Lori here from McDowell County in Wild Wonderful West Virginia. Welcome to our crazy life!
Thankfully the weather has been relatively cooperative this spring. We got the tiller out and got our large area and the few small areas at the center tilled up, we even added a new spot for some fruit bushes. We deepened the existing raised beds, got the greenhouse full of tomato and pepper plants, and cleaned up some spots along the building for sunflowers. We will be plowing and tilling the newly acquired section as soon as it dries up enough to not bog down the truck.
We even got the wee ones involved.
Lidia is using the garden weasel in the sunflower section and David is holding down the gravel and giving us stern looks in the greenhouse.
We have been repurposing lots of discarded items in our endeavor to make life cheaper. We planted strawberry plants in tires, they are doing great. We planted carrots and radishes in a tore apart deep freezer. The radishes are coming along nicely and the carrots are starting to show. Instead of buying a ton and a half of starter pots for our tomato and pepper seeds that outgrew their other starters; we made origami pots out of newspapers to transplant in until it’s time to put them in the ground.
I have been personally cultivating my personal tick detection system. Incase you are not aware of what that is, I will explain. Since I will not wear shorts in the warm weather for safety reasons (my legs are so white that the sun shining on them could caused blindness in others) I can’t see if there are ticks crawling up my legs. What I do is make sure my leg hair is trimmed short enough that I don’t scrape plants as I am walking by and long enough to let me know if there are unwanted critters crawling on me. It worked great last year!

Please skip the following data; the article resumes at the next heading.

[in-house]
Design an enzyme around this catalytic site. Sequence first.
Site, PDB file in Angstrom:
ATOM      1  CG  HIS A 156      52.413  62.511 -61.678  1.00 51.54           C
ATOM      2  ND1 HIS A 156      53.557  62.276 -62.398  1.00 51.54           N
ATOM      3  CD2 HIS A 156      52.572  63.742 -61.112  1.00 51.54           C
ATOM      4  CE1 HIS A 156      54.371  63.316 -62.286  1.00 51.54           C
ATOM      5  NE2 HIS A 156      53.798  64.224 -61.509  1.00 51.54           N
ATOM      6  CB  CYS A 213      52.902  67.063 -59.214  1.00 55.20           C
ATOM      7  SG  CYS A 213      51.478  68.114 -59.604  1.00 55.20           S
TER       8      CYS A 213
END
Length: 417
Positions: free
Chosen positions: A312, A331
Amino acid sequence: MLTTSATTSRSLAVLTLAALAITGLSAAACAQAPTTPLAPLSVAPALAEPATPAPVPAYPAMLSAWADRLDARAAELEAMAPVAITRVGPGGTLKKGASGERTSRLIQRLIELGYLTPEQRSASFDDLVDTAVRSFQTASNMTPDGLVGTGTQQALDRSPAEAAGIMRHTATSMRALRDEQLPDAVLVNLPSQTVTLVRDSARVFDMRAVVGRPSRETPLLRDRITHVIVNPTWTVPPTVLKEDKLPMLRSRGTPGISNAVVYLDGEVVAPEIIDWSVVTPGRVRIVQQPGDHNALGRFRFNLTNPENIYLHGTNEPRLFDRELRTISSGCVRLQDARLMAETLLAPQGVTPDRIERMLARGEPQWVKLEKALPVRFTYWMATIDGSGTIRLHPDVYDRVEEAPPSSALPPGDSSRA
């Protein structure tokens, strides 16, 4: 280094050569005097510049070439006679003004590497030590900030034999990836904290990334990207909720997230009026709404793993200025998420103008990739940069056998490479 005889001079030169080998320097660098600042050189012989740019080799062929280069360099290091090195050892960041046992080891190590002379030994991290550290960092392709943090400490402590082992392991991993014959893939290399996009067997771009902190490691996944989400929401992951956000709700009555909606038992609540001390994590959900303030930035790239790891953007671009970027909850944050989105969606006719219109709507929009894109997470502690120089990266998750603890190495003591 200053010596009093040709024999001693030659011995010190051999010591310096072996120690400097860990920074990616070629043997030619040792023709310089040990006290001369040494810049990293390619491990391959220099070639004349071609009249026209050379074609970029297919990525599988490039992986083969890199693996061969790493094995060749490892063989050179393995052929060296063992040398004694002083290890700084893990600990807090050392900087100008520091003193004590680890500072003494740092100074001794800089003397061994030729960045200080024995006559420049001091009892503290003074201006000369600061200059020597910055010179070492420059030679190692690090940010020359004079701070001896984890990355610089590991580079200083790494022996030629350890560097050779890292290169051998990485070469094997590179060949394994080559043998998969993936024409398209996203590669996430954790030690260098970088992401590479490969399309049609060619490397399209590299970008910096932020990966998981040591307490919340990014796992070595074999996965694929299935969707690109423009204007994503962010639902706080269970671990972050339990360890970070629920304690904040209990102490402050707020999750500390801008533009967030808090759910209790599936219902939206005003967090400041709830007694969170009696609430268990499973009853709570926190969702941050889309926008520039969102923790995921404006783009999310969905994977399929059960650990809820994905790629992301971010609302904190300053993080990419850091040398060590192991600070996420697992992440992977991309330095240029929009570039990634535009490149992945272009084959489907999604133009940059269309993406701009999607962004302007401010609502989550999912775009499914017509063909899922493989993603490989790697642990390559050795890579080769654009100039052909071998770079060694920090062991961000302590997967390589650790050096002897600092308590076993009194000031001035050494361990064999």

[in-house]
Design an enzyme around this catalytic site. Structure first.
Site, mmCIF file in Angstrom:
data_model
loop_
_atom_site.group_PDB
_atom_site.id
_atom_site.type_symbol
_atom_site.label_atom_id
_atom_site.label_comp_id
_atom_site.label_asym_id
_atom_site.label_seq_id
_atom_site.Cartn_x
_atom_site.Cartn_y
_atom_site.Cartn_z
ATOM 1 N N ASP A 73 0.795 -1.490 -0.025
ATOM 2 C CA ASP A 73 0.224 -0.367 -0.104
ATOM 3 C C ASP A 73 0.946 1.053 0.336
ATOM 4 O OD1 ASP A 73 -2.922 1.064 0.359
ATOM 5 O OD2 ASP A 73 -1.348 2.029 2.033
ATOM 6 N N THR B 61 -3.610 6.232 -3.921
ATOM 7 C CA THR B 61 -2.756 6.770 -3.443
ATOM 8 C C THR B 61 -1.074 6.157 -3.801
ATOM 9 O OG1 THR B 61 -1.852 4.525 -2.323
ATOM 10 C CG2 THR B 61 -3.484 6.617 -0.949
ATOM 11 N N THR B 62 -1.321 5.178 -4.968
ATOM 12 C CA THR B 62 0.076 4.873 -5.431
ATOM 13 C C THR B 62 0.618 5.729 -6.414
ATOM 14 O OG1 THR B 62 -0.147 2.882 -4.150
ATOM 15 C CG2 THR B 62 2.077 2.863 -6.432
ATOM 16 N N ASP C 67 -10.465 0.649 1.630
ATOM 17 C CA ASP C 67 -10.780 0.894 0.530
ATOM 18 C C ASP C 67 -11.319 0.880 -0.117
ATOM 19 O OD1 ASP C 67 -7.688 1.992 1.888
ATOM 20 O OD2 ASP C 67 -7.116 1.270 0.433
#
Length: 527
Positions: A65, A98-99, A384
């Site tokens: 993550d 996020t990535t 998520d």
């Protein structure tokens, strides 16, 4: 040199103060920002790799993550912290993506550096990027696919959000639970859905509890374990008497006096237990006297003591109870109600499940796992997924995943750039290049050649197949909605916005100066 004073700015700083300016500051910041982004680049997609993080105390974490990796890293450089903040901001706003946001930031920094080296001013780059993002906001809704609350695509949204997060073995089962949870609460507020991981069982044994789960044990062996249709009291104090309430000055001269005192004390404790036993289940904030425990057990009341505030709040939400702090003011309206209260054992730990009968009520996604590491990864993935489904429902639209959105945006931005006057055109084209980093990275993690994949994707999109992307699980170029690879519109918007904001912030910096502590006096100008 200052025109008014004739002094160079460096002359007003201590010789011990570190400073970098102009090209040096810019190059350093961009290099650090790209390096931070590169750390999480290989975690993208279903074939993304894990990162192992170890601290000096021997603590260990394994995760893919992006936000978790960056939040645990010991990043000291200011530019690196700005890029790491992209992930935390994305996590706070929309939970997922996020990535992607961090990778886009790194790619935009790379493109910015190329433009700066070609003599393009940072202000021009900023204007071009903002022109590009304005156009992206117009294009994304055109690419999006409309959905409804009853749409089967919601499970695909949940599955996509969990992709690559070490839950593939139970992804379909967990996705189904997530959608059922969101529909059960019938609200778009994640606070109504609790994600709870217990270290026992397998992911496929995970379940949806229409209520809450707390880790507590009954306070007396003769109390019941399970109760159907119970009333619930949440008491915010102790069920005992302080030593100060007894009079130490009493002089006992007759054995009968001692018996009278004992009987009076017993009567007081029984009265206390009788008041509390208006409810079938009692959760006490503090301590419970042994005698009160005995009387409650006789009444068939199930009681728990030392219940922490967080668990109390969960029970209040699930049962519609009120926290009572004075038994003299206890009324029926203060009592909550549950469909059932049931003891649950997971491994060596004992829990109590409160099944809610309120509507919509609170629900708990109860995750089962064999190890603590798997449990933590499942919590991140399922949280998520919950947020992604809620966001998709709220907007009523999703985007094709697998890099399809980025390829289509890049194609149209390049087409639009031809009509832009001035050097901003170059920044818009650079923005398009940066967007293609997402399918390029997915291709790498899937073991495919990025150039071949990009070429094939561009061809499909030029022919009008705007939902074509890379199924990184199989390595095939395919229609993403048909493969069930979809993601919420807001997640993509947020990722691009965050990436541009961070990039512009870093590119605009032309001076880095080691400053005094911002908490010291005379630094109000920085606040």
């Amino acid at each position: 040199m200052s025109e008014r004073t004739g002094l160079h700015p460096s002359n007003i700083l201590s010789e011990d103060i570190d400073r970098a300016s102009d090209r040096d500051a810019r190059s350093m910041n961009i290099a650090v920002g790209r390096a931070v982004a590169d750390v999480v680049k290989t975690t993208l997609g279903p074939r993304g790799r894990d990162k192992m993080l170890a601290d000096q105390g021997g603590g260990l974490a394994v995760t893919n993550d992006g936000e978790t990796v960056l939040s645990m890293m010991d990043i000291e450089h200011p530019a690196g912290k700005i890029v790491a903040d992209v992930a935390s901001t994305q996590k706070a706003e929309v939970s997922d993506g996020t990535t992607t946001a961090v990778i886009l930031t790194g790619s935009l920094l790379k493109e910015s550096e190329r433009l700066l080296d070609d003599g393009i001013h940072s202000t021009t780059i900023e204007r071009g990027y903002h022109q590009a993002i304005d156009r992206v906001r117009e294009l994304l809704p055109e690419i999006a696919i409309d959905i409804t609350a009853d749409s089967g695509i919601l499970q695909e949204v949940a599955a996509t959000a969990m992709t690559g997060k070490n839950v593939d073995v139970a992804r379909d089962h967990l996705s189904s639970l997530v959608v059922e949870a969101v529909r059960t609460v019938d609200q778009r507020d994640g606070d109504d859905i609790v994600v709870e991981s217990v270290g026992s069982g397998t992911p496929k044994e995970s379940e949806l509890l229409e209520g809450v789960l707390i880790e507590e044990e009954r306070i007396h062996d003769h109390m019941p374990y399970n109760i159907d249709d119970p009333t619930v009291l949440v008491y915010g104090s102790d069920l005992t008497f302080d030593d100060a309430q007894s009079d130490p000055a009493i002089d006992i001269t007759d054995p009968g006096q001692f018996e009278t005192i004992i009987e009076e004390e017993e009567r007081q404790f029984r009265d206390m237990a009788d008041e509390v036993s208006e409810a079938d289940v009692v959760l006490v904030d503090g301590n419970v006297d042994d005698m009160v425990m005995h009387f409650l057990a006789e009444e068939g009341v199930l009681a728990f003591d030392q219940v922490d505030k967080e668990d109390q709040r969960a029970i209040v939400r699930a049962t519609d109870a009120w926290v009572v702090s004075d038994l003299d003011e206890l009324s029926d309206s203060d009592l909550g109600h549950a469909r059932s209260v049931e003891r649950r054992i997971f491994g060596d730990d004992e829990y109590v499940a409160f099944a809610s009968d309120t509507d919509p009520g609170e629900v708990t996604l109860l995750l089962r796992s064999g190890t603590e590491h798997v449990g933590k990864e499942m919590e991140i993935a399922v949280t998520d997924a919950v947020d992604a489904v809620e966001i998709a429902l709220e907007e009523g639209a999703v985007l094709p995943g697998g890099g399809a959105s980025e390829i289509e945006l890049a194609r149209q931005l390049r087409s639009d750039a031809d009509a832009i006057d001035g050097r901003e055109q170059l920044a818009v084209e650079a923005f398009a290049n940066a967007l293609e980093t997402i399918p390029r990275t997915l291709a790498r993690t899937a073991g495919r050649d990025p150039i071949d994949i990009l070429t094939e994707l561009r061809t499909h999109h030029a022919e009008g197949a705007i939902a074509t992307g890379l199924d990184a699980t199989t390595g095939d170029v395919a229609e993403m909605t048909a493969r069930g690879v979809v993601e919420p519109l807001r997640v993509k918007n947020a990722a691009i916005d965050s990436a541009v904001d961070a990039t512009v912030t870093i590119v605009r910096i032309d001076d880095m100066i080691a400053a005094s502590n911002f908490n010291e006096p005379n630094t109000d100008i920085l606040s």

We have planted countless onions already, cabbage, some beans, broccoli, leaf and romaine lettuce, brussel sprouts, okra, and garlic. More things will be planted each day as long as the rain doesn’t get too heavy.
We had our first class, and it was great. We had participants and some of their family members attend, there were 22 people all together. There were a few participants that were unable to make this class so we are holding another one for them before the end of the month. There will be 8 more families to attend that one, and I will hold a special one for the group from Southern Highlands. My how we have grown.
Our crew has plowed/tilled for most of the participants and will finish the last two before the class for the next group.
One of our participants already raises goats and chickens so she will help us with out goat related needs. She wanted to be in this program because her and her husband have 9 children and want to be able to provide more of their own food. She says she has a black thumb but a couple of her sons can grow anything.
Another participant has 4 children and has never grown a thing and she wants to learn. Her and her family went on vacation to Florida a few days after the class, one of her sons nearly drowned. He was in the hospital on a vent after being given CPR for 15 to 20 minutes. He is now out of the hospital and expected to make a full recovery. It will be slow and they could use some prayers.
We have been working hard and we believe this is going to be a great season for us. We already accomplished more this year that we did last year at this time.
Our work groups will start arriving soon and we will have Youth Works volunteers again which is great because we will need all the help we can get.
Until next time; Happy Growing!
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